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Hoffmann, R. A wiki for the life sciences where authorship matters. Nature Genetics (2008)

Fine structure of a periciliary ridge complex of frog retinal rod cells revealed by ultrahigh resolution scanning electron microscopy.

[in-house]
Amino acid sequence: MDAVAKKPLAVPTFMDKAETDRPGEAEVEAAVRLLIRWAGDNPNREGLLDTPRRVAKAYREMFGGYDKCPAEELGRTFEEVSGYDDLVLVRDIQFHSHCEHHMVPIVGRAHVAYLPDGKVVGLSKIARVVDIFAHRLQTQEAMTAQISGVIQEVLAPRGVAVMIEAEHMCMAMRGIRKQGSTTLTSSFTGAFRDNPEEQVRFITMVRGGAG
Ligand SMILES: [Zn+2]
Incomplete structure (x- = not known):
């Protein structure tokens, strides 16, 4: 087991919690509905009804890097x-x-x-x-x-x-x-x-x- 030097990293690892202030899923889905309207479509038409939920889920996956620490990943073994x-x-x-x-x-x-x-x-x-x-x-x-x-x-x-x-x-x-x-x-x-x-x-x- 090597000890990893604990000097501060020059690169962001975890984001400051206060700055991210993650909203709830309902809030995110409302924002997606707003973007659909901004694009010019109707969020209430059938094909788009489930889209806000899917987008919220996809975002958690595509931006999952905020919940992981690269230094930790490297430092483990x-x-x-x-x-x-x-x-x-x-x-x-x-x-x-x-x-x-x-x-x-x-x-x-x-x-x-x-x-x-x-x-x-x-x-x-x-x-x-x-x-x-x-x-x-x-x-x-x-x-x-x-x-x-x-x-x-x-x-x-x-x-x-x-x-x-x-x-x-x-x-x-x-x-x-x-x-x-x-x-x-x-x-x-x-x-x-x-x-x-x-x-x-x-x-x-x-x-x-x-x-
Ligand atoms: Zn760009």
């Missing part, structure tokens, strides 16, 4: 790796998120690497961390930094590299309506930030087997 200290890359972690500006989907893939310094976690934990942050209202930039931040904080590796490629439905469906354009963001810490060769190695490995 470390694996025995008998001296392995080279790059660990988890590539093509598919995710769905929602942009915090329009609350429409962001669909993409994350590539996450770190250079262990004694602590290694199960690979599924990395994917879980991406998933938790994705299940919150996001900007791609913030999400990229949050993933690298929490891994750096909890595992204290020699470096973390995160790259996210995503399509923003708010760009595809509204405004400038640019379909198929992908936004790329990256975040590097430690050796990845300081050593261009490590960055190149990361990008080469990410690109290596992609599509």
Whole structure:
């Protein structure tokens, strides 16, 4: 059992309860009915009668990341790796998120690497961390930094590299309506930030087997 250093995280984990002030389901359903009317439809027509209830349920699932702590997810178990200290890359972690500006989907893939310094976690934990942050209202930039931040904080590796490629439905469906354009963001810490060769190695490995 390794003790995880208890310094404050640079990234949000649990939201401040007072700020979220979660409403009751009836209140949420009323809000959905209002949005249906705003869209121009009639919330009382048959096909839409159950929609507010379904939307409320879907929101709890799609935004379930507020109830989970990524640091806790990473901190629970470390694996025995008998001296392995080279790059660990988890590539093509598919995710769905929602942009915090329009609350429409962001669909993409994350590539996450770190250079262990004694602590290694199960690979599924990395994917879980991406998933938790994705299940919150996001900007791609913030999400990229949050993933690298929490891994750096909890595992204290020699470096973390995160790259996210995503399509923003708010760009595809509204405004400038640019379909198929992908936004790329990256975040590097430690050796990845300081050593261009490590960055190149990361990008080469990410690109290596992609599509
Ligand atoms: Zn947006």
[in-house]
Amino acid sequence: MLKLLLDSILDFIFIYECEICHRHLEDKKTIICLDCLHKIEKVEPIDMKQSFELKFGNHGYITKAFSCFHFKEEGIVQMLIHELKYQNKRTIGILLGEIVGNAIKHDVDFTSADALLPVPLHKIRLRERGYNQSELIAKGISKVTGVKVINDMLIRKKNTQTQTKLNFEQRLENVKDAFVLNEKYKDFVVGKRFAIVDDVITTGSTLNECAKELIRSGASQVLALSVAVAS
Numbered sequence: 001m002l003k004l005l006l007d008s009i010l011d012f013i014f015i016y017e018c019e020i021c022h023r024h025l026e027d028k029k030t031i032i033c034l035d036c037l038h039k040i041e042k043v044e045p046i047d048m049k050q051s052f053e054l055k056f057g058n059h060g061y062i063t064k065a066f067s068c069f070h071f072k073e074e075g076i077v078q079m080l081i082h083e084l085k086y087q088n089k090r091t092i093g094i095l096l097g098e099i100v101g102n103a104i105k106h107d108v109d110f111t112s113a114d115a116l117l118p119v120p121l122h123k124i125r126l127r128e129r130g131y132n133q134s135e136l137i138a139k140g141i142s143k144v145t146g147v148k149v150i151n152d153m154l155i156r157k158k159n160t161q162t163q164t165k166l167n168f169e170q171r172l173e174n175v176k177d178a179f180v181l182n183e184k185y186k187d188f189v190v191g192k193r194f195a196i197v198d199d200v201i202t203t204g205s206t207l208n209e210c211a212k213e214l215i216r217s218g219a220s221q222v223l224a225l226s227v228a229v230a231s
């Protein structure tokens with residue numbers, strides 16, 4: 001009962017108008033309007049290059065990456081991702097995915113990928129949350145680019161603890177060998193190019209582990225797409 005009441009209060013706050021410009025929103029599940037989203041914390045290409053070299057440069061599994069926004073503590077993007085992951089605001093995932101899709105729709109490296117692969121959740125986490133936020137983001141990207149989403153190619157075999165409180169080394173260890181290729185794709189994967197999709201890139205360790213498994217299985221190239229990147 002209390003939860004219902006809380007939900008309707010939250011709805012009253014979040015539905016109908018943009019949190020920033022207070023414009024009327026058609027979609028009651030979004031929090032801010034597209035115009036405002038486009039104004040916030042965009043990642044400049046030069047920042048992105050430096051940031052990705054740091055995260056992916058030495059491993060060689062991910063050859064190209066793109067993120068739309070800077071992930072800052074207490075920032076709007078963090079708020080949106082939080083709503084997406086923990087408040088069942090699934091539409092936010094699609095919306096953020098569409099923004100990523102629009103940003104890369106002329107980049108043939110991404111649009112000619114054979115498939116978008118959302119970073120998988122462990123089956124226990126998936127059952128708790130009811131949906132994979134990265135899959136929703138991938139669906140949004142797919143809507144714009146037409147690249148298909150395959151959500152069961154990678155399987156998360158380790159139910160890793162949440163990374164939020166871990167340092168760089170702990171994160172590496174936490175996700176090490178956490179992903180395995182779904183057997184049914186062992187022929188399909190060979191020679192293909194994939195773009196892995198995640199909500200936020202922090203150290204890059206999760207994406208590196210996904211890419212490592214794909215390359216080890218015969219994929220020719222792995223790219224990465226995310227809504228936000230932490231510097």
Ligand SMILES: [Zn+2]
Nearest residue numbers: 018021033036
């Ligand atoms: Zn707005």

We studied the junctional region between rod inner segments (RIS) and outer segments (ROS) in frog retinas by high resolution scanning electron microscopy (SEM). Retinas of dark adapted or light exposed Rana pipiens were critical-point-dried and RIS and ROS were split and coated with ultrathin metal films of niobium and chromium--or decorated with gold--and imaged in a new SE-I imaging mode. The connecting cilium (CC) usually broke at the base of the RIS and remained attached to the ROS. The outer part of the CC plasmalemma expanded to form liplike protrusions beyond which disks evaginated with successively larger diameter until they reached the full width of the ROS. The CC rose out from an invagination of the RIS apical plasma membrane (PM). On the lateral walls of this invagination, a highly ordered complex of nine symmetrically arrayed ridges and grooves rose steeply and extended laterally approximately 0.4-1 micron on the adjacent RIS PM. On the apical plasmalemma, the ridges and grooves formed groups of three to four parallel rows that surrounded the invagination. The grooves were bridged by filaments anchored at the top edges of the ridges. This highly ordered structure we term the periciliary ridge complex (PRC). Its ninefold symmetry apparently reflects the 9 + 0 microtubule organization of the CC axoneme. The three-dimensional structure revealed by SEM was confirmed by transmission electron microscopy (TEM) of sections of Epon-embedded retinas. TEM-immunocytochemistry on thin sections of retinas embedded in glutaraldehyde cross-linked albumin suggested that the PRC and the CC may participate in opsin transport and disk morphogenesis.[1]


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